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Sunday, July 26, 2020

Olivia de Havilland is NO MORE, Classic Hollywood star, dies at 104

Olivia de Havilland is NO MORE, 

Classic Hollywood star, dies at 104


  • She won two Oscars for Best Leading Actress for  The Intimate Life of Julia Norris  and  The Heiress.
  • She was a member of the cast of  “Gone with the Wind” , a film for which she was nominated by the Academy



WEB DESK BREAKING NEWS:
By Prabir Rai Chaudhuri

British-American actress Olivia de Havilland,  one of the protagonists of the legendary  Gone with the Wind  (1939)  has died at 104 years of age from natural causes in Paris, France, where she resided more than 60 years ago, according to Its publicist Lisa Goldberg has confirmed .



De Havilland was born in 1916 and was the  winner of two Oscars for Best Leading Actress  for  The Intimate Life of Julia Norris  (1946) and  The Heiress  (1949). In addition,  her participation in the film  Gone With the Wind  in the role of Melanie Hamilton earned her an Oscar nomination for Best Supporting Actress.

Born in Tokyo to British parents

The daughter of a British family residing in Japan for work reasons, Olivia de Havilland was born in Tokyo in 1916. The family returned shortly after to England but  after the marriage separation, De Havilland moved to the United States  with her mother and her sister, the also actress  Jean Fontaine , with whom she had a tortuous personal relationship.


After taking her first steps in the theater, director  Max Reinhardt discovered her in a performance  of  A Midsummer Night's Dream  and offered her a role in the cinematrographic version of  Shakespeare's play  she directed in 1935.

Impressed with his talent, the Warner Brothers studio offered him  a seven-year contract, as was the custom at the time .

Along with the actor  Errol Flynn, he  starred in a series of adventure films, such as  Captain Blood  (1935),  The Charge of the Light Brigade  (1936) and  Robin of the forests  (1938), which gave him great popularity.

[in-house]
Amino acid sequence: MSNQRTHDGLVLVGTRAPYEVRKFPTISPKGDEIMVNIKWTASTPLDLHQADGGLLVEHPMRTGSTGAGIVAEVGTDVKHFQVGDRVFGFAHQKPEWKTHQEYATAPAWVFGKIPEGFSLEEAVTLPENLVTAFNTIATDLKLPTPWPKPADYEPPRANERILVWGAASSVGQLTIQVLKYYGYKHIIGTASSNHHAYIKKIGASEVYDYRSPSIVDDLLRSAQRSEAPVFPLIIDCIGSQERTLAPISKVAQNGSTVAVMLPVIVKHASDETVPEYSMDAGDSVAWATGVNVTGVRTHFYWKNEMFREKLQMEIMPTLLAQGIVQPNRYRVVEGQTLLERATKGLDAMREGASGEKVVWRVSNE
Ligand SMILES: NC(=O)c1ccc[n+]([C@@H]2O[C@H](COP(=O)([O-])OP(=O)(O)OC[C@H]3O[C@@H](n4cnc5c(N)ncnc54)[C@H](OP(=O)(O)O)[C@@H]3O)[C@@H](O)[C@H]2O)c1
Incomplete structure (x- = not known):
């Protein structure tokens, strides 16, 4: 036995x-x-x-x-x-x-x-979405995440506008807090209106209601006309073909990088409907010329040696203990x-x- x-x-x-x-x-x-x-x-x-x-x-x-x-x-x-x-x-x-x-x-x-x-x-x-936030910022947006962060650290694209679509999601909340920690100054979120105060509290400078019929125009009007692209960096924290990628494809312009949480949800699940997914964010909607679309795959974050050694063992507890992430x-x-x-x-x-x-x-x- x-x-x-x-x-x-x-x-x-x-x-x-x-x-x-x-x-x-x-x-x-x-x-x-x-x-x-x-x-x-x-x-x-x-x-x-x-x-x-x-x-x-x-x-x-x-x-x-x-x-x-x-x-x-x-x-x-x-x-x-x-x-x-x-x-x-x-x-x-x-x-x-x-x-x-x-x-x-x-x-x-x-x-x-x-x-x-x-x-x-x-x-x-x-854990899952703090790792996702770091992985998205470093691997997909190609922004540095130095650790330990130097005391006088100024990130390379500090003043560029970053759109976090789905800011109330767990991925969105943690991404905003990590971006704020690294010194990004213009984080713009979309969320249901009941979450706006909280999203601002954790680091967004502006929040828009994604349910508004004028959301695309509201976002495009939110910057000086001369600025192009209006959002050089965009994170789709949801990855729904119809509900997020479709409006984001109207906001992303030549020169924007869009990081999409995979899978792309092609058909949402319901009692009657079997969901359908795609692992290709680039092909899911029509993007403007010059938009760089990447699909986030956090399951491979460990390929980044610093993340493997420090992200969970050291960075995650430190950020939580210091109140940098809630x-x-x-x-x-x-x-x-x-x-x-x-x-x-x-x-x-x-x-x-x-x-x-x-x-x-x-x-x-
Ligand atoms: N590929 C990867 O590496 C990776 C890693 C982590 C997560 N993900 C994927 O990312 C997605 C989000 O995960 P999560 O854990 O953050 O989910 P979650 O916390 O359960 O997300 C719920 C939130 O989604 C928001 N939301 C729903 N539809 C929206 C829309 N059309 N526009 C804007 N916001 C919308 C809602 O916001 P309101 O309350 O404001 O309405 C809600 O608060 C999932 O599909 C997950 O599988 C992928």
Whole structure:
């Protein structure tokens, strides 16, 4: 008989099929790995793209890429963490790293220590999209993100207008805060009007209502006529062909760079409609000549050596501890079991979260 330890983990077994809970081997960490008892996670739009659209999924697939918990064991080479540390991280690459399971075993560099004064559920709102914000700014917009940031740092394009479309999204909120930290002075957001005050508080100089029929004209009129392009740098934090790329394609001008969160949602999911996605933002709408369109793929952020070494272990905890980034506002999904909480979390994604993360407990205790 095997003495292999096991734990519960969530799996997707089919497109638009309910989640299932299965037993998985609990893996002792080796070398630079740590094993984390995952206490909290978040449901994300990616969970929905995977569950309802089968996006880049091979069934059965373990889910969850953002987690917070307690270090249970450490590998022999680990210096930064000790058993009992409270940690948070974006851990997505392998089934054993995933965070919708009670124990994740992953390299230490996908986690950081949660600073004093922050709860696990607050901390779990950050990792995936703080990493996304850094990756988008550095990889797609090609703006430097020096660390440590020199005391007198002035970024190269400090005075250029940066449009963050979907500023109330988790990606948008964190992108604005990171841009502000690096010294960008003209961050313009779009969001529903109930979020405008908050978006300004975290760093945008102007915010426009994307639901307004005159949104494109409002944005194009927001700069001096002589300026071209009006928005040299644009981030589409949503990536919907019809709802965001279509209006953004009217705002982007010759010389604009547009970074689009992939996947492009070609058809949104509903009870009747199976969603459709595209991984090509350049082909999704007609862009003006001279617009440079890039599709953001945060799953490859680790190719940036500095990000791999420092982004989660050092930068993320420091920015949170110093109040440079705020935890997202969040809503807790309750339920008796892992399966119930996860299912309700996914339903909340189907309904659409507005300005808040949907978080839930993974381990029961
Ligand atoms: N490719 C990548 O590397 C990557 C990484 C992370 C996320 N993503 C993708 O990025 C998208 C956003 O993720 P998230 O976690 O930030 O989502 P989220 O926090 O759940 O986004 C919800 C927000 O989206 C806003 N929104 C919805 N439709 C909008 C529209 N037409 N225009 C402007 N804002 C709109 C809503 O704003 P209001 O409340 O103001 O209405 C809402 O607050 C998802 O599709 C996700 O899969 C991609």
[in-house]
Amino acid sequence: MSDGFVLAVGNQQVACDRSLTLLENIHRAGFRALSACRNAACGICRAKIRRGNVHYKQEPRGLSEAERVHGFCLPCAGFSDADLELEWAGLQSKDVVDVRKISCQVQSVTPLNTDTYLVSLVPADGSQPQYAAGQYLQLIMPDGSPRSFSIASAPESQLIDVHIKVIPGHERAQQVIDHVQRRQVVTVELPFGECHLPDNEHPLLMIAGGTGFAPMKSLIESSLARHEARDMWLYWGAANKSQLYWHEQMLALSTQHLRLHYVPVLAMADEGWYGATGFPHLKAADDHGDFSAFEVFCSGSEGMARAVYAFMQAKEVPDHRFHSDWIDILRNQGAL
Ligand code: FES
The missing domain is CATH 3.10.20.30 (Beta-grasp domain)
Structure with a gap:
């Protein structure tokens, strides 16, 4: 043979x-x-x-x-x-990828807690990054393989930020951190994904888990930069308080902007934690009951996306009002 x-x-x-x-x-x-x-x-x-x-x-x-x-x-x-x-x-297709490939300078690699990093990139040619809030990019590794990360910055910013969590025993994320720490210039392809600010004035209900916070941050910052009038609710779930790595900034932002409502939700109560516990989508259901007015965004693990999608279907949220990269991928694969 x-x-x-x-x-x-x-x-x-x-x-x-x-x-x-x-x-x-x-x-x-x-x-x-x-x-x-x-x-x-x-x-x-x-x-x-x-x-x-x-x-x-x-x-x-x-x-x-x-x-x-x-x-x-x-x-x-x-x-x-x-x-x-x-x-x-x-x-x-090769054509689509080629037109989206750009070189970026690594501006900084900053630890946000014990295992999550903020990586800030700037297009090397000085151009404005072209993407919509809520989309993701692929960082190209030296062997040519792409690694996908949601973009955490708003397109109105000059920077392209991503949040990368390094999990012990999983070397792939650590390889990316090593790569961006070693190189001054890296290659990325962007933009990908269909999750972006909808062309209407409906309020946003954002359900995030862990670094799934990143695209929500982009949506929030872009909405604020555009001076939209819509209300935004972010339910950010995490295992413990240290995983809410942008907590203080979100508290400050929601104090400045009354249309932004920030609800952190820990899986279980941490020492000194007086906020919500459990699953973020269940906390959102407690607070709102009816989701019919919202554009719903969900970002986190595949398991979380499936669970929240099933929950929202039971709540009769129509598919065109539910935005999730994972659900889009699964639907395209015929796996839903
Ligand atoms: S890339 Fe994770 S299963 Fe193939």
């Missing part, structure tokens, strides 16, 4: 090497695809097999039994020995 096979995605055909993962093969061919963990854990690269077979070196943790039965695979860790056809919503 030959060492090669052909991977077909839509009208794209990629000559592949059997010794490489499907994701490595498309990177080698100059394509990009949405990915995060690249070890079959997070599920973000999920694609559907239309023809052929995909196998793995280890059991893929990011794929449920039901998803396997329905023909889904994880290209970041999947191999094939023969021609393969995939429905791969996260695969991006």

Consecration with 'Gone with the Wind'

But his great leap came in 1939, with Gone With the Wind ,  in which he played the character of  Melanie , which earned him the first of his five Oscar nominations. "I was very attracted to Melanie, she was a complex personality, compared to the heroines that I had played over and over again," the actress would say years later.

Despite the popularity of  Gone With the Wind  and the prestige of the Oscar nomination,  de Havilland did not get the roles he aspired to,  leading to differences with Warner Brothers, who suspended it on several occasions.

In 1943, the interpreter stated that her seven-year contract had expired,  but the studio claimed that she still owed her six months, that the actress was suspended.

De Havilland brought the matter to court and won, which was  a setback for the dominance that the major studios at that time exercised  over the actors. However, the challenge cost him dearly since he did not star in any movies in three years.

Olivia de Havilland  would triumphantly return to the big screen in 1946,  playing the role of a single mother in  The Intimate Life of Julia Norris , which earned her her first Oscar. Three years later, her portrayal of a spinster in  The Heiress  would earn her her second statuette .


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